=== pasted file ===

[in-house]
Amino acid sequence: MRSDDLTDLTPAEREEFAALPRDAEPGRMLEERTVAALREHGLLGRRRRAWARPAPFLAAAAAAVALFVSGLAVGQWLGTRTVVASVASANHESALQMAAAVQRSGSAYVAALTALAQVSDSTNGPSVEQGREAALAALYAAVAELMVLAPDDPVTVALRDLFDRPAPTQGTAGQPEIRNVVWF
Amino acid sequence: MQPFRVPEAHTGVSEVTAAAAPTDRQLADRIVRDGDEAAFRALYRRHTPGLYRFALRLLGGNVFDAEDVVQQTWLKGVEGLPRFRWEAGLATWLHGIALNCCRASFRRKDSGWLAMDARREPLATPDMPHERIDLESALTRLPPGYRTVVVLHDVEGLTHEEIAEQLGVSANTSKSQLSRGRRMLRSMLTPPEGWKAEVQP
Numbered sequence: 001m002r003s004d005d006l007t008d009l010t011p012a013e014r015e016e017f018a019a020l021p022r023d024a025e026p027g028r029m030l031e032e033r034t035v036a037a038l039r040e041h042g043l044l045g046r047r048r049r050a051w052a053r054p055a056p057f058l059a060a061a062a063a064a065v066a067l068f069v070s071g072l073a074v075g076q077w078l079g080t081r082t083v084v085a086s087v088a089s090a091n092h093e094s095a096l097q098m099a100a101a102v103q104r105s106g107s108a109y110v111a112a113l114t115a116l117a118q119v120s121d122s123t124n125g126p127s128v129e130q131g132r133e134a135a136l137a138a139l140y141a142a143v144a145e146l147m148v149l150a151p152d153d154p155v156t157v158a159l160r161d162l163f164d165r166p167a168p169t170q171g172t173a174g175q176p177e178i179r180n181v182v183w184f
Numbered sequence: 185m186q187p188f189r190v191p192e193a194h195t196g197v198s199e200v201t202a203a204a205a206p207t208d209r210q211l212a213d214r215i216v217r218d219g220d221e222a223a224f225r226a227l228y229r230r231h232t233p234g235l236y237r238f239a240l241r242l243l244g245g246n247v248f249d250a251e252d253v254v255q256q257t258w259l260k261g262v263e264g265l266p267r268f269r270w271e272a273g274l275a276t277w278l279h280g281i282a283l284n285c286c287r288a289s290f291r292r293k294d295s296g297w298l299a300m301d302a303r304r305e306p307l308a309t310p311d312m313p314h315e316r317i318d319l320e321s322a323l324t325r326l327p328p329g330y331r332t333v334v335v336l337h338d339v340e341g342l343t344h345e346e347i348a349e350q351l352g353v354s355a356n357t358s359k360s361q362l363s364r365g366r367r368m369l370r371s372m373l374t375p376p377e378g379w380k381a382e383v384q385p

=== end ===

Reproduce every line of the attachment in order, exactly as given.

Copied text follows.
[in-house]
Amino acid sequence: MRSDDLTDLTPAEREEFAALPRDAEPGRMLEERTVAALREHGLLGRRRRAWARPAPFLAAAAAAVALFVSGLAVGQWLGTRTVVASVASANHESALQMAAAVQRSGSAYVAALTALAQVSDSTNGPSVEQGREAALAALYAAVAELMVLAPDDPVTVALRDLFDRPAPTQGTAGQPEIRNVVWF
Amino acid sequence: MQPFRVPEAHTGVSEVTAAAAPTDRQLADRIVRDGDEAAFRALYRRHTPGLYRFALRLLGGNVFDAEDVVQQTWLKGVEGLPRFRWEAGLATWLHGIALNCCRASFRRKDSGWLAMDARREPLATPDMPHERIDLESALTRLPPGYRTVVVLHDVEGLTHEEIAEQLGVSANTSKSQLSRGRRMLRSMLTPPEGWKAEVQP
Numbered sequence: 001m002r003s004d005d006l007t008d009l010t011p012a013e014r015e016e017f018a019a020l021p022r023d024a025e026p027g028r029m030l031e032e033r034t035v036a037a038l039r040e041h042g043l044l045g046r047r048r049r050a051w052a053r054p055a056p057f058l059a060a061a062a063a064a065v066a067l068f069v070s071g072l073a074v075g076q077w078l079g080t081r082t083v084v085a086s087v088a089s090a091n092h093e094s095a096l097q098m099a100a101a102v103q104r105s106g107s108a109y110v111a112a113l114t115a116l117a118q119v120s121d122s123t124n125g126p127s128v129e130q131g132r133e134a135a136l137a138a139l140y141a142a143v144a145e146l147m148v149l150a151p152d153d154p155v156t157v158a159l160r161d162l163f164d165r166p167a168p169t170q171g172t173a174g175q176p177e178i179r180n181v182v183w184f
Numbered sequence: 185m186q187p188f189r190v191p192e193a194h195t196g197v198s199e200v201t202a203a204a205a206p207t208d209r210q211l212a213d214r215i216v217r218d219g220d221e222a223a224f225r226a227l228y229r230r231h232t233p234g235l236y237r238f239a240l241r242l243l244g245g246n247v248f249d250a251e252d253v254v255q256q257t258w259l260k261g262v263e264g265l266p267r268f269r270w271e272a273g274l275a276t277w278l279h280g281i282a283l284n285c286c287r288a289s290f291r292r293k294d295s296g297w298l299a300m301d302a303r304r305e306p307l308a309t310p311d312m313p314h315e316r317i318d319l320e321s322a323l324t325r326l327p328p329g330y331r332t333v334v335v336l337h338d339v340e341g342l343t344h345e346e347i348a349e350q351l352g353v354s355a356n357t358s359k360s361q362l363s364r365g366r367r368m369l370r371s372m373l374t375p376p377e378g379w380k381a382e383v384q385p